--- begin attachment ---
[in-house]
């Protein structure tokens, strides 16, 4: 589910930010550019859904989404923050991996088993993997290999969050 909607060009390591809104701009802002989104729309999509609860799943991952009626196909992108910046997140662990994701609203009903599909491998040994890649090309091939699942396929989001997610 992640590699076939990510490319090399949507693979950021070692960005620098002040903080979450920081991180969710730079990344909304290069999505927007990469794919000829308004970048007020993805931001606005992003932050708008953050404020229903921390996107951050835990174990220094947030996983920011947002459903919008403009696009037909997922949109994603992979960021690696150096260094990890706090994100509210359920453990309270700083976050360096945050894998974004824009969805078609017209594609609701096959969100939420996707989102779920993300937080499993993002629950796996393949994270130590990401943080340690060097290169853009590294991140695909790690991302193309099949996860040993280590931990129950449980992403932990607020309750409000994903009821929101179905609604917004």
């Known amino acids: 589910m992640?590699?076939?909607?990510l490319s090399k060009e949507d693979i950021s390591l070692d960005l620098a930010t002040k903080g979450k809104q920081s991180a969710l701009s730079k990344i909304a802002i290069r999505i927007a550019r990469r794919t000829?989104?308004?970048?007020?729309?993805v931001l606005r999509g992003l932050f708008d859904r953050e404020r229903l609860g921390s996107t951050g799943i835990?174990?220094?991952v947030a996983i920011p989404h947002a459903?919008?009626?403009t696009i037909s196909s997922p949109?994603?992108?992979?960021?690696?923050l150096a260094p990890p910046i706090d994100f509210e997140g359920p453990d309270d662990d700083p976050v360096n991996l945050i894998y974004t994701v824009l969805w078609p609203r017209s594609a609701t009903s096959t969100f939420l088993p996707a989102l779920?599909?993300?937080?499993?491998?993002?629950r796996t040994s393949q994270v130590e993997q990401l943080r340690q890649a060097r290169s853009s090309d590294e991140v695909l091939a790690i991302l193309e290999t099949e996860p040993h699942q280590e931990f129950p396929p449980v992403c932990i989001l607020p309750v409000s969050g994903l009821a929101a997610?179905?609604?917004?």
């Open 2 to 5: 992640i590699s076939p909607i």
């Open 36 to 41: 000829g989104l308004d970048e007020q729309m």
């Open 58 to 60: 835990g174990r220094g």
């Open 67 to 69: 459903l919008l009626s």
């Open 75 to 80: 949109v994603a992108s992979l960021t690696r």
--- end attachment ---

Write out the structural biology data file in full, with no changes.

[in-house]
């Protein structure tokens, strides 16, 4: 589910930010550019859904989404923050991996088993993997290999969050 909607060009390591809104701009802002989104729309999509609860799943991952009626196909992108910046997140662990994701609203009903599909491998040994890649090309091939699942396929989001997610 992640590699076939990510490319090399949507693979950021070692960005620098002040903080979450920081991180969710730079990344909304290069999505927007990469794919000829308004970048007020993805931001606005992003932050708008953050404020229903921390996107951050835990174990220094947030996983920011947002459903919008403009696009037909997922949109994603992979960021690696150096260094990890706090994100509210359920453990309270700083976050360096945050894998974004824009969805078609017209594609609701096959969100939420996707989102779920993300937080499993993002629950796996393949994270130590990401943080340690060097290169853009590294991140695909790690991302193309099949996860040993280590931990129950449980992403932990607020309750409000994903009821929101179905609604917004």
């Known amino acids: 589910m992640?590699?076939?909607?990510l490319s090399k060009e949507d693979i950021s390591l070692d960005l620098a930010t002040k903080g979450k809104q920081s991180a969710l701009s730079k990344i909304a802002i290069r999505i927007a550019r990469r794919t000829?989104?308004?970048?007020?729309?993805v931001l606005r999509g992003l932050f708008d859904r953050e404020r229903l609860g921390s996107t951050g799943i835990?174990?220094?991952v947030a996983i920011p989404h947002a459903?919008?009626?403009t696009i037909s196909s997922p949109?994603?992108?992979?960021?690696?923050l150096a260094p990890p910046i706090d994100f509210e997140g359920p453990d309270d662990d700083p976050v360096n991996l945050i894998y974004t994701v824009l969805w078609p609203r017209s594609a609701t009903s096959t969100f939420l088993p996707a989102l779920?599909?993300?937080?499993?491998?993002?629950r796996t040994s393949q994270v130590e993997q990401l943080r340690q890649a060097r290169s853009s090309d590294e991140v695909l091939a790690i991302l193309e290999t099949e996860p040993h699942q280590e931990f129950p396929p449980v992403c932990i989001l607020p309750v409000s969050g994903l009821a929101a997610?179905?609604?917004?």
């Open 2 to 5: 992640i590699s076939p909607i």
């Open 36 to 41: 000829g989104l308004d970048e007020q729309m």
């Open 58 to 60: 835990g174990r220094g």
């Open 67 to 69: 459903l919008l009626s």
């Open 75 to 80: 949109v994603a992108s992979l960021t690696r």